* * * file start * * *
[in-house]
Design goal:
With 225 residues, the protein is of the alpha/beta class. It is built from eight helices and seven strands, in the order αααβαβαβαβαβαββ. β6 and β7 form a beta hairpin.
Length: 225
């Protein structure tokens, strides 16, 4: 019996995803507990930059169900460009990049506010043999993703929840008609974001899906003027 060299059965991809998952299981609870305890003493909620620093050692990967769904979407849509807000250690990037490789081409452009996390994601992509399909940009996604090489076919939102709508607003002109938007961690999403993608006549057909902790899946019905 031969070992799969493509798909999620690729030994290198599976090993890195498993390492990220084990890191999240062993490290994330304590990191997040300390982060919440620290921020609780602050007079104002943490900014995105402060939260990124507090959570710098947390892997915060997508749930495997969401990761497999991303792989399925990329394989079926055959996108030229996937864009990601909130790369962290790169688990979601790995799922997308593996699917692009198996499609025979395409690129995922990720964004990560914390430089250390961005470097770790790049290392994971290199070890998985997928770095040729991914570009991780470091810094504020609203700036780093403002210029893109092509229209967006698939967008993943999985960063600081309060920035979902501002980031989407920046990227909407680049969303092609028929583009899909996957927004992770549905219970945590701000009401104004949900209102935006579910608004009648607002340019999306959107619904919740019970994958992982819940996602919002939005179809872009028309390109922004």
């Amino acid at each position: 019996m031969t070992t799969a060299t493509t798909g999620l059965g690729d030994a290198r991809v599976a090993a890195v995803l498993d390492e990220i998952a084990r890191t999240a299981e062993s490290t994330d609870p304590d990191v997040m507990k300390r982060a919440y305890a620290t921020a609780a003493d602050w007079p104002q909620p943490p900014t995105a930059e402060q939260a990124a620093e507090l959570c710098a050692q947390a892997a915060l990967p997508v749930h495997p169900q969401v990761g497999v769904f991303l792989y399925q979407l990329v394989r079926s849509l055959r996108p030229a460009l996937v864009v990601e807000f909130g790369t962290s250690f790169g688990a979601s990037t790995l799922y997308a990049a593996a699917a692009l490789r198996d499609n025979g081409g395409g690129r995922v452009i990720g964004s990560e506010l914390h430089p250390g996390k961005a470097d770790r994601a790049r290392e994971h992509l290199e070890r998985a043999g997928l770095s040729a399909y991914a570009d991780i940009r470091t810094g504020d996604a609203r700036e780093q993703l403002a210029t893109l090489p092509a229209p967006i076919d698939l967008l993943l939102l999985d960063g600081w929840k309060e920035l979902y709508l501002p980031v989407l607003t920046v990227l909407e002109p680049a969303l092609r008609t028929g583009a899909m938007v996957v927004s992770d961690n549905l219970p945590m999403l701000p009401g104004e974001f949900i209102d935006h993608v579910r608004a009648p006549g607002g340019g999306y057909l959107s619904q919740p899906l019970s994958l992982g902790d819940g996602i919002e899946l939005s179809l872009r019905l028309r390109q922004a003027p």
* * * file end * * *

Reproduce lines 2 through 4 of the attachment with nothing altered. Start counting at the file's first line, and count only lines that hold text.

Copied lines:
Design goal:
With 225 residues, the protein is of the alpha/beta class. It is built from eight helices and seven strands, in the order αααβαβαβαβαβαββ. β6 and β7 form a beta hairpin.
Length: 225